Pemi Challenge

Ultra running (longer than a marathon) is not a test of endurance. Certainly, one must be in excellent physical condition to have a chance of finishing, but what makes or brakes you is your mind. When the halfway marker of a race is (1) after the part where you fingers went numb from the hurricane force winds, (2) farther along than any distance you've ever traveled on foot in a day and (3) after you long since passed the part when you were running on fumes.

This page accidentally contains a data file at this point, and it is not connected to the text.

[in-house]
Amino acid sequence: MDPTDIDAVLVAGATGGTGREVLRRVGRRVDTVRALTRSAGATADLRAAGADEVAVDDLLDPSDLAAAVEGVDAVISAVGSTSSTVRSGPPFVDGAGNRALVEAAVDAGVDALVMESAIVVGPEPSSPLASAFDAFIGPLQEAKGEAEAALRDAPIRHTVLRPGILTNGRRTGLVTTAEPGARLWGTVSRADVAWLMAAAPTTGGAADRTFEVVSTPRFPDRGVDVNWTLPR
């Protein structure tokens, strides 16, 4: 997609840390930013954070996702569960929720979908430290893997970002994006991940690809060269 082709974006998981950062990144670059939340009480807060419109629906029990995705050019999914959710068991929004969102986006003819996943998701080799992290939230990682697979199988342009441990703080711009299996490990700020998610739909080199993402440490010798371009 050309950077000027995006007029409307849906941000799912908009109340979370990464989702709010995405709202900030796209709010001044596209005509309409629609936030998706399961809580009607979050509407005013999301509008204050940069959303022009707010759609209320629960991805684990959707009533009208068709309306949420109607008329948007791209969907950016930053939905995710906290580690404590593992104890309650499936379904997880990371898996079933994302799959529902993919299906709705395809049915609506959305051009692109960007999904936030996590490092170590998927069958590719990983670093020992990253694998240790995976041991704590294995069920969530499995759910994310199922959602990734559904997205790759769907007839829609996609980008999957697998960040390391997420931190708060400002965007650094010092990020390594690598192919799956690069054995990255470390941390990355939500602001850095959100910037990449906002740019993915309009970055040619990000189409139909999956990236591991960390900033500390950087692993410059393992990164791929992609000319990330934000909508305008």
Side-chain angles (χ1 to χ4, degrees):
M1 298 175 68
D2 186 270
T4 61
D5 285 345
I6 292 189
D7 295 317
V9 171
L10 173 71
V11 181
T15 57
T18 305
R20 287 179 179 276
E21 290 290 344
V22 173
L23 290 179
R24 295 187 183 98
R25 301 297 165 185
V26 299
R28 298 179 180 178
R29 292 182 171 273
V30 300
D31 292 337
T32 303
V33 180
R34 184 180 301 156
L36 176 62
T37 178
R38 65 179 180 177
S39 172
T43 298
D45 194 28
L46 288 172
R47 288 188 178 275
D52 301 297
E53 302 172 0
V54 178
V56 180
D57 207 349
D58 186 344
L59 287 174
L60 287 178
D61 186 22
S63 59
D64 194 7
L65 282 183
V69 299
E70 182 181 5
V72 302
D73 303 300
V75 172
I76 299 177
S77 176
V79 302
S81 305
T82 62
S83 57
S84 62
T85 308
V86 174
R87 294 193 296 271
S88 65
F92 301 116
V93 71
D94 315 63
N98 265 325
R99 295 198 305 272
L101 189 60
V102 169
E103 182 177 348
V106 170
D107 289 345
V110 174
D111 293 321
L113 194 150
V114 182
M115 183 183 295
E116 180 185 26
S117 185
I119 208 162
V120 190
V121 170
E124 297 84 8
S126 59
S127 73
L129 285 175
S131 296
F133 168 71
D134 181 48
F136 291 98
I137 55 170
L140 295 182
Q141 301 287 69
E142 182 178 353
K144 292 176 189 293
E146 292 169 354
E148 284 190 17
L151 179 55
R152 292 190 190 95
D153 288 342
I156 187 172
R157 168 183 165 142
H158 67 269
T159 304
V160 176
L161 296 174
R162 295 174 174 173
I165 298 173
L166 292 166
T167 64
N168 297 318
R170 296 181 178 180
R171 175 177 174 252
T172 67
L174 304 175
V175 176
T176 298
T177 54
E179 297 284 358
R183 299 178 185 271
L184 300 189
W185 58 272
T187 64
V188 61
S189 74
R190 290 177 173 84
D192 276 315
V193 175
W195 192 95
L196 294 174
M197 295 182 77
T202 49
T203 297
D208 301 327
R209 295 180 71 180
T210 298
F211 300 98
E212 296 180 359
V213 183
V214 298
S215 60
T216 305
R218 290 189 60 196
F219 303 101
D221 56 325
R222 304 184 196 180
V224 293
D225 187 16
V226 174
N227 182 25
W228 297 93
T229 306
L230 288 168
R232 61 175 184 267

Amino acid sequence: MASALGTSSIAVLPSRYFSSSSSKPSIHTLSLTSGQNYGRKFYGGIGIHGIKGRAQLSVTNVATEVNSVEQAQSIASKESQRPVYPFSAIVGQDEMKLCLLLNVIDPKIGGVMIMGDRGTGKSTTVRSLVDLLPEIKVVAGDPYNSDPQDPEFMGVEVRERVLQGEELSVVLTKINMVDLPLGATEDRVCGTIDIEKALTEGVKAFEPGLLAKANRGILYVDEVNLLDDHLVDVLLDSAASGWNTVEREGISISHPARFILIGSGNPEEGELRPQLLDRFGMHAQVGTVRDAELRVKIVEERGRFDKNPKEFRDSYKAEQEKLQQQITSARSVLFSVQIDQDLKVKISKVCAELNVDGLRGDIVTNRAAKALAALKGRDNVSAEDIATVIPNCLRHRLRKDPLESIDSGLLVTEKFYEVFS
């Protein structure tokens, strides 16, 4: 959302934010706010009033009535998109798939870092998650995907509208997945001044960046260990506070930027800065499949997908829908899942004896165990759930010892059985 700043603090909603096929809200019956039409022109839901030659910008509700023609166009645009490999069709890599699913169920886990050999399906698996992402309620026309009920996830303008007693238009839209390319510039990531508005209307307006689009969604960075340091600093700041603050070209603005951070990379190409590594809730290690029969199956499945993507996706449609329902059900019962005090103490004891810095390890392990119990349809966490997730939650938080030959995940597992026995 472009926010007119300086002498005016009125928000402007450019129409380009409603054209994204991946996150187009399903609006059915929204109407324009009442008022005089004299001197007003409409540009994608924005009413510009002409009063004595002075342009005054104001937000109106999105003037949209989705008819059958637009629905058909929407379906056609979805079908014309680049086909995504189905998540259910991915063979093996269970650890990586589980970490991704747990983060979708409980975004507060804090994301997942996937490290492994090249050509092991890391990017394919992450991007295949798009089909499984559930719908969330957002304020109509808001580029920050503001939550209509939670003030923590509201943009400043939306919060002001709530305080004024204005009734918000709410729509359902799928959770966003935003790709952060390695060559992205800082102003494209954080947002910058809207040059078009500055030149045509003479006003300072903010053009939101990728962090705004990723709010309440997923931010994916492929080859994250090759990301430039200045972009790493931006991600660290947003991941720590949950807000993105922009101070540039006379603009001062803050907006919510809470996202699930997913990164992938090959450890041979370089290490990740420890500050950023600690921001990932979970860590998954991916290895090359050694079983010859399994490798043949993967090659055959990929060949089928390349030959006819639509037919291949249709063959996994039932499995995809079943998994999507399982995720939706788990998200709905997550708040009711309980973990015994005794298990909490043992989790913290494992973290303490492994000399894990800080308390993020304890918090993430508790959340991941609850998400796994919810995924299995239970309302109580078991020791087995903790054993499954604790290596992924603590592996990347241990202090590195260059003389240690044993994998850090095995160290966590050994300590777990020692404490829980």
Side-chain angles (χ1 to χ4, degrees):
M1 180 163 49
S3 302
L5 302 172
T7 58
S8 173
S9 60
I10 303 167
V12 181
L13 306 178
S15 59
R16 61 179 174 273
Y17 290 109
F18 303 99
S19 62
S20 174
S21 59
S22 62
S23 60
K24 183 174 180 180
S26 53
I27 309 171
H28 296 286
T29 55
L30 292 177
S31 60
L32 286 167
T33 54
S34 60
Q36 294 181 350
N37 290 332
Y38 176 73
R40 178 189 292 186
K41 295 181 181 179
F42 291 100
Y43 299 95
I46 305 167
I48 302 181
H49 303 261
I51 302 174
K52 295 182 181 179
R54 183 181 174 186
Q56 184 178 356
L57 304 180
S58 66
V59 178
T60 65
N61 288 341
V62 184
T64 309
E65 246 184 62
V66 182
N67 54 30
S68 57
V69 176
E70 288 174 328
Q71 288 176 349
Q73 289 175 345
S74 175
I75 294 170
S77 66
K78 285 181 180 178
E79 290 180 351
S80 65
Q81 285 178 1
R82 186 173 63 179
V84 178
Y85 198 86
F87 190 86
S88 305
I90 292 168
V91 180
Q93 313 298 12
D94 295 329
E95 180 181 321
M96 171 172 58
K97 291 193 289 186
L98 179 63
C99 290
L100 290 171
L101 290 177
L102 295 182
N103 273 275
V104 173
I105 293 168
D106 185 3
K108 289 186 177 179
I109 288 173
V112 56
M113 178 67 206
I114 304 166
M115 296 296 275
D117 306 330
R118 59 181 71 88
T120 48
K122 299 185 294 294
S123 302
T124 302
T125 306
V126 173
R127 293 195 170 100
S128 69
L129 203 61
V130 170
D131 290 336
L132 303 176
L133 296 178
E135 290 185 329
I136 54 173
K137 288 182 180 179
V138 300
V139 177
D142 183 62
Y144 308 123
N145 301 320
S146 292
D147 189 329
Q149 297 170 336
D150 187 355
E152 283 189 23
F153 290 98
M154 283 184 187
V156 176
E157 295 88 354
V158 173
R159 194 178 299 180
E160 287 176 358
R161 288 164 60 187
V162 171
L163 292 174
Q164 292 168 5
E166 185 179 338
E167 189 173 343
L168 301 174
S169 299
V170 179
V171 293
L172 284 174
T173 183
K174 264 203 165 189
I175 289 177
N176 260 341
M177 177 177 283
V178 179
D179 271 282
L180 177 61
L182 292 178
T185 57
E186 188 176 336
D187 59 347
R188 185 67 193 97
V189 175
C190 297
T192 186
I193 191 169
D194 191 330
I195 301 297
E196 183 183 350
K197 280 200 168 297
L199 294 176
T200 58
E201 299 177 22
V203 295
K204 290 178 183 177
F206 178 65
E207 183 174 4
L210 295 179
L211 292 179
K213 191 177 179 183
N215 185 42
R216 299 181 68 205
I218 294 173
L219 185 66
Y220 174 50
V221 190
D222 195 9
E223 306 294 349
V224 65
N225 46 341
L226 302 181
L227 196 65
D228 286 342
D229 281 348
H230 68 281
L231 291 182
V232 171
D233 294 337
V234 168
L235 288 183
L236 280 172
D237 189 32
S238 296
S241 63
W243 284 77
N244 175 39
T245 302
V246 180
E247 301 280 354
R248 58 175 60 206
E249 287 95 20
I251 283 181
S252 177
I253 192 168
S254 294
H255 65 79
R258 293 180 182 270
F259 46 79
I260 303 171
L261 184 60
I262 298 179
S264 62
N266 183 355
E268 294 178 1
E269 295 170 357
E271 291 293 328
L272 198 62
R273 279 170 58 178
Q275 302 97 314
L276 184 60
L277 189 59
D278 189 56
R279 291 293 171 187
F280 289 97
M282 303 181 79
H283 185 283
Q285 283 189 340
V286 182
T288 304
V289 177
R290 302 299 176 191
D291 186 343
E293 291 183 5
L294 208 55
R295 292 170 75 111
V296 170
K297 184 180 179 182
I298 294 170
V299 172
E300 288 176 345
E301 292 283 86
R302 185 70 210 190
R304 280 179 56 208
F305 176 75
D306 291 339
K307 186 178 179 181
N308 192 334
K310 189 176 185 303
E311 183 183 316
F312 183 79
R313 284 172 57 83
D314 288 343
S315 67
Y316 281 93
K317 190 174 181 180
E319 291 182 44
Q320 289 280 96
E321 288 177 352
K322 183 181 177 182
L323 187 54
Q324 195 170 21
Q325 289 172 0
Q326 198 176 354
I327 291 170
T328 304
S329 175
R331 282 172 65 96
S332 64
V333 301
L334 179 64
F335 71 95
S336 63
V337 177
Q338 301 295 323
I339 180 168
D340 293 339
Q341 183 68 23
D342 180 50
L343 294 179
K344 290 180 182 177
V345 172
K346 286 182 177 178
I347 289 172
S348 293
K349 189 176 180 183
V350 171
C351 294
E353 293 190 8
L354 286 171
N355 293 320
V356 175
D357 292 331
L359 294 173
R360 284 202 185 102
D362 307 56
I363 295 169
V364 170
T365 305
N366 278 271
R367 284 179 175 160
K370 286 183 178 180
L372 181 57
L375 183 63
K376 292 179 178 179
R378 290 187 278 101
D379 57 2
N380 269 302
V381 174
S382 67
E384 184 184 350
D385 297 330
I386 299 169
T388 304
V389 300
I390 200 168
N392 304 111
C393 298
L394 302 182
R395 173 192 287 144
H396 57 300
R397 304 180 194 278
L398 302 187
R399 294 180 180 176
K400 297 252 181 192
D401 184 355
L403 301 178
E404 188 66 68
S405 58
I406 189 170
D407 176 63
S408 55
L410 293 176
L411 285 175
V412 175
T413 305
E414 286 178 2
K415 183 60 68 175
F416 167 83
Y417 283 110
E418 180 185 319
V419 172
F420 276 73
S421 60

That was the story on Saturday for me. Somewhere between Mt. Galehead and Galehead hut, going up and down over the various step cols and buttresses along Garfield ridge I was broken. Really pushing yourself, really pushing yourself, is finding out your real limits. Finding out when you can really run no more. I heard from other runners that some of their friends can jog out on the trail for days and days. After this weekend I suspect fewer than 1% have come anywhere near their real limit. At the very end of the race, I was able to jog across the final bridge to the parking lot where we started. If I could still jog, I didn't push myself completely. But at least I really know what that means now.